On Mon 22nd March, we held another successful online workshop with 8 dairy farmers and 4 researchers aiming to co-produce knowledge on Antimicrobial Resistance (AMR) and farming – what really does drive resistance and are UK farmers really to blame?
The workshop was the second event in a GW4 University collaboration that built on the practical insights of farmers and presented the latest research on AMR in the farm environment. Academics from Bristol, Bath, Cardiff and Exeter joined forces to understand more about AMR from a farming perspective and to appreciate the risks around the spread of bacteria and possible resistance in and off the farm environment. A rare but valued opportunity to bridge the science-practice gap!
Antibiotic use in farming has been blamed for driving the development of AMR, despite year-on-year reductions in antibiotic use across UK farming sectors. The researchers used this workshop as an opportunity to update the progressive farmers on the latest science around the selection and transmission of AMR and hear their thoughts on what the research was indicating.
A recent study from the University of Bristol has demonstrated that certain types of E.coli found on dairy farms in a specific area were genetically distinct from the types of E.coli found in human urinary tract infections in the same area, suggesting little to no transmission of resistance between farms and humans. The participating dairy farmers got to question and interrogate the academics on key transmission pathways of AMR in the farm environment, as well as offer their expertise on daily farming practices and the uncertainty around particular management decisions. What to do with waste milk that may contain antibiotic residues and resistant bacteria was a popular topic. The group agreed feeding waste milk to calves was not best practice, but the alternative was discarding it into the slurry storage. Once waste milk goes into slurry and out on to pasture, what happens to the resistant bacteria then? Science does not have all the answers and often throws up more questions. A vital reason why more collaborative farmer-researcher events are needed!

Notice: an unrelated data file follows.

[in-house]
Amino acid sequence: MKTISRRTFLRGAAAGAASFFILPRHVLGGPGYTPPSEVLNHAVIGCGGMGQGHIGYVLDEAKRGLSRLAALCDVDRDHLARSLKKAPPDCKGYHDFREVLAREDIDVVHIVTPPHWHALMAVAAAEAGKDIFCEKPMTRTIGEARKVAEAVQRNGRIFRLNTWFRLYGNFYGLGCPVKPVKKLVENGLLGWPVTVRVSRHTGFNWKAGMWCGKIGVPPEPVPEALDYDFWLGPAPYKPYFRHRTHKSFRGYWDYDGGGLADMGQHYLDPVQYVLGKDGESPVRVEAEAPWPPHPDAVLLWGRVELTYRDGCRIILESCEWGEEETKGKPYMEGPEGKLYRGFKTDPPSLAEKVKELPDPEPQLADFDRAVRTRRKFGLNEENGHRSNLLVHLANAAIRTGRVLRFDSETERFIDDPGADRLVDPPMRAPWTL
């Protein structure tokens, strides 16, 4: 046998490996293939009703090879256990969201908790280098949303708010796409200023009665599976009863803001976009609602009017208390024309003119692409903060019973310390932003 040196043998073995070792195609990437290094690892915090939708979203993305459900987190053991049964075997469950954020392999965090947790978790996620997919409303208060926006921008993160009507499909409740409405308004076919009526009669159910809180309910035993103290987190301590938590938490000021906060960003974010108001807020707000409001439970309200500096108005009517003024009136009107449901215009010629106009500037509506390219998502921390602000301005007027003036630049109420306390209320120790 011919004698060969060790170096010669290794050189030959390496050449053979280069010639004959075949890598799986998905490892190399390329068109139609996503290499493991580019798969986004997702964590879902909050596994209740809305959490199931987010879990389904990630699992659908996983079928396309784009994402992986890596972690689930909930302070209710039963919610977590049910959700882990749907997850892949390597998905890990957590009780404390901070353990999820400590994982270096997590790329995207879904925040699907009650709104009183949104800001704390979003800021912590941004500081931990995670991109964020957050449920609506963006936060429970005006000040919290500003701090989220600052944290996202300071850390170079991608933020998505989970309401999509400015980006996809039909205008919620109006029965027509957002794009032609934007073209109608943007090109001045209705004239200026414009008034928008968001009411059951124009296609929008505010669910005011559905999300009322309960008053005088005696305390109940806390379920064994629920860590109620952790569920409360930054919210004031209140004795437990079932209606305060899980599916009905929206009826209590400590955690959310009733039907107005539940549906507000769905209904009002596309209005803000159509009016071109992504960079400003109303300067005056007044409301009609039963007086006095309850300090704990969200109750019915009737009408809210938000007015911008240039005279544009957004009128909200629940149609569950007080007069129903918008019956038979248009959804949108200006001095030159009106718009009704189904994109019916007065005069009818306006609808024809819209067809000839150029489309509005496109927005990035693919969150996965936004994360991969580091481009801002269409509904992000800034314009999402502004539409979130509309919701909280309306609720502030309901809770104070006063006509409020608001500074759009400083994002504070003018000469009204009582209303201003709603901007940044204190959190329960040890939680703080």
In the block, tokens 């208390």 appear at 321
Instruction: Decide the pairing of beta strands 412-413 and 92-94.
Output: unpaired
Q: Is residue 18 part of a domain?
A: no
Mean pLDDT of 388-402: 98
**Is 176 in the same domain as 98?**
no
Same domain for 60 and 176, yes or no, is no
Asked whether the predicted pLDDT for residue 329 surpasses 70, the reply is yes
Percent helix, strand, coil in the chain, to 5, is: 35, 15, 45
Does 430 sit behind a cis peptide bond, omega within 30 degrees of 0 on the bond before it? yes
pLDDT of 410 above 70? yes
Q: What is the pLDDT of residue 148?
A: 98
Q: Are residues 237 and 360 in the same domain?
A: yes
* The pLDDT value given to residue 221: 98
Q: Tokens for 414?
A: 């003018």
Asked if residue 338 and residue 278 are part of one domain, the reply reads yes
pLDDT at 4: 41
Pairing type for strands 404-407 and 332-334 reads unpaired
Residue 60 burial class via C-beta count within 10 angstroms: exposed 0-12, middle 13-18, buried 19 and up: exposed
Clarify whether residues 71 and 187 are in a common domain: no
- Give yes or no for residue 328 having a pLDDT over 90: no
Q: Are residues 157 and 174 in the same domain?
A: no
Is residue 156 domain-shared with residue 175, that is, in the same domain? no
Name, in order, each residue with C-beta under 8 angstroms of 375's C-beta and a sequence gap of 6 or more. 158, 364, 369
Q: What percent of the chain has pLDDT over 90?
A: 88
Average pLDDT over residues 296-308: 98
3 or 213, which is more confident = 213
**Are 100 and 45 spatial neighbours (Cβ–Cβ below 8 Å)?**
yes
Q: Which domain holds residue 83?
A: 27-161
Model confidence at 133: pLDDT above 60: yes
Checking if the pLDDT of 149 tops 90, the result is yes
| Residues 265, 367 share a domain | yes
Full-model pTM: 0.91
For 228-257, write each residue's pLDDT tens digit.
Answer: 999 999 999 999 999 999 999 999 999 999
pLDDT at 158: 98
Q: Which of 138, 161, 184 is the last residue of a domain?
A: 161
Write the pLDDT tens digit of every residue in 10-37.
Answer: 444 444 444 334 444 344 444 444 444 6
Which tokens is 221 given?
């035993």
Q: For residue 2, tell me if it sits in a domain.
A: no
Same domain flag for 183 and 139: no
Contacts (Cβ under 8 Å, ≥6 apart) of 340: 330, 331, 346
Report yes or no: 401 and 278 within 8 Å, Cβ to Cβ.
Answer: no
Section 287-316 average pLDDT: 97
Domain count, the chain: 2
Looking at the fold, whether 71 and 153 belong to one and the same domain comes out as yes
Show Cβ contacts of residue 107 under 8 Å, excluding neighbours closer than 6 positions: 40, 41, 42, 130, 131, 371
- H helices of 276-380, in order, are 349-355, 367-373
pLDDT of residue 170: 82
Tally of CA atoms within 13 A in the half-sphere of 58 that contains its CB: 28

Written by Lisa Morgans, Head of the livestock team at IfA. For more information contact firstname.lastname@example.org